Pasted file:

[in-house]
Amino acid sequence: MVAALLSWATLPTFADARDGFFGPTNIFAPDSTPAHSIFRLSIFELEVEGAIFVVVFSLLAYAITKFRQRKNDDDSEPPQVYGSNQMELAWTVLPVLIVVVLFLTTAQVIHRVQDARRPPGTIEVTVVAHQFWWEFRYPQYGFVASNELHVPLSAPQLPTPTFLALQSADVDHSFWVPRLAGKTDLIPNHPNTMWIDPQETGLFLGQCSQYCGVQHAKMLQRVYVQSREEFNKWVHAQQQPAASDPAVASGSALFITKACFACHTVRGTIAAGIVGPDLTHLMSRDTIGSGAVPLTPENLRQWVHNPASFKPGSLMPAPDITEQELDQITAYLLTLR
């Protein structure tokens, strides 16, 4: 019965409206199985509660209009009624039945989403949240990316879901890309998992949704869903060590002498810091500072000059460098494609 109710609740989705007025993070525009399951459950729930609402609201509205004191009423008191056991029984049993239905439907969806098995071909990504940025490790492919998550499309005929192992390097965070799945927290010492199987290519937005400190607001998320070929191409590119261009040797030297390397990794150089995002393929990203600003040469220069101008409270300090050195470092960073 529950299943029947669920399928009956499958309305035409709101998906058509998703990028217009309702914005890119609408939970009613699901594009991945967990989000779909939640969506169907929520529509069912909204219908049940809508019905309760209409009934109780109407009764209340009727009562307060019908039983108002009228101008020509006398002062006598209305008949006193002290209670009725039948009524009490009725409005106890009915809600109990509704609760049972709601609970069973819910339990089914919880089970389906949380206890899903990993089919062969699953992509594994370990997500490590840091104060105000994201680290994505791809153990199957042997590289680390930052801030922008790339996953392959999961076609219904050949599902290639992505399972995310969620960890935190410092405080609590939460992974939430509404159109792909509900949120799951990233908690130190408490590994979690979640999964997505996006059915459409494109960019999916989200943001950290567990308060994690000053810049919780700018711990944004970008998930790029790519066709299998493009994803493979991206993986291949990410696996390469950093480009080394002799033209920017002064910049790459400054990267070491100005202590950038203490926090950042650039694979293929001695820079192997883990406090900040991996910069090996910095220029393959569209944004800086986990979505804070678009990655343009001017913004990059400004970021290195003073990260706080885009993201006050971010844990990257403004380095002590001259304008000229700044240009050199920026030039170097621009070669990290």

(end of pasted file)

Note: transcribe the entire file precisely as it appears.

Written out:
[in-house]
Amino acid sequence: MVAALLSWATLPTFADARDGFFGPTNIFAPDSTPAHSIFRLSIFELEVEGAIFVVVFSLLAYAITKFRQRKNDDDSEPPQVYGSNQMELAWTVLPVLIVVVLFLTTAQVIHRVQDARRPPGTIEVTVVAHQFWWEFRYPQYGFVASNELHVPLSAPQLPTPTFLALQSADVDHSFWVPRLAGKTDLIPNHPNTMWIDPQETGLFLGQCSQYCGVQHAKMLQRVYVQSREEFNKWVHAQQQPAASDPAVASGSALFITKACFACHTVRGTIAAGIVGPDLTHLMSRDTIGSGAVPLTPENLRQWVHNPASFKPGSLMPAPDITEQELDQITAYLLTLR
């Protein structure tokens, strides 16, 4: 019965409206199985509660209009009624039945989403949240990316879901890309998992949704869903060590002498810091500072000059460098494609 109710609740989705007025993070525009399951459950729930609402609201509205004191009423008191056991029984049993239905439907969806098995071909990504940025490790492919998550499309005929192992390097965070799945927290010492199987290519937005400190607001998320070929191409590119261009040797030297390397990794150089995002393929990203600003040469220069101008409270300090050195470092960073 529950299943029947669920399928009956499958309305035409709101998906058509998703990028217009309702914005890119609408939970009613699901594009991945967990989000779909939640969506169907929520529509069912909204219908049940809508019905309760209409009934109780109407009764209340009727009562307060019908039983108002009228101008020509006398002062006598209305008949006193002290209670009725039948009524009490009725409005106890009915809600109990509704609760049972709601609970069973819910339990089914919880089970389906949380206890899903990993089919062969699953992509594994370990997500490590840091104060105000994201680290994505791809153990199957042997590289680390930052801030922008790339996953392959999961076609219904050949599902290639992505399972995310969620960890935190410092405080609590939460992974939430509404159109792909509900949120799951990233908690130190408490590994979690979640999964997505996006059915459409494109960019999916989200943001950290567990308060994690000053810049919780700018711990944004970008998930790029790519066709299998493009994803493979991206993986291949990410696996390469950093480009080394002799033209920017002064910049790459400054990267070491100005202590950038203490926090950042650039694979293929001695820079192997883990406090900040991996910069090996910095220029393959569209944004800086986990979505804070678009990655343009001017913004990059400004970021290195003073990260706080885009993201006050971010844990990257403004380095002590001259304008000229700044240009050199920026030039170097621009070669990290």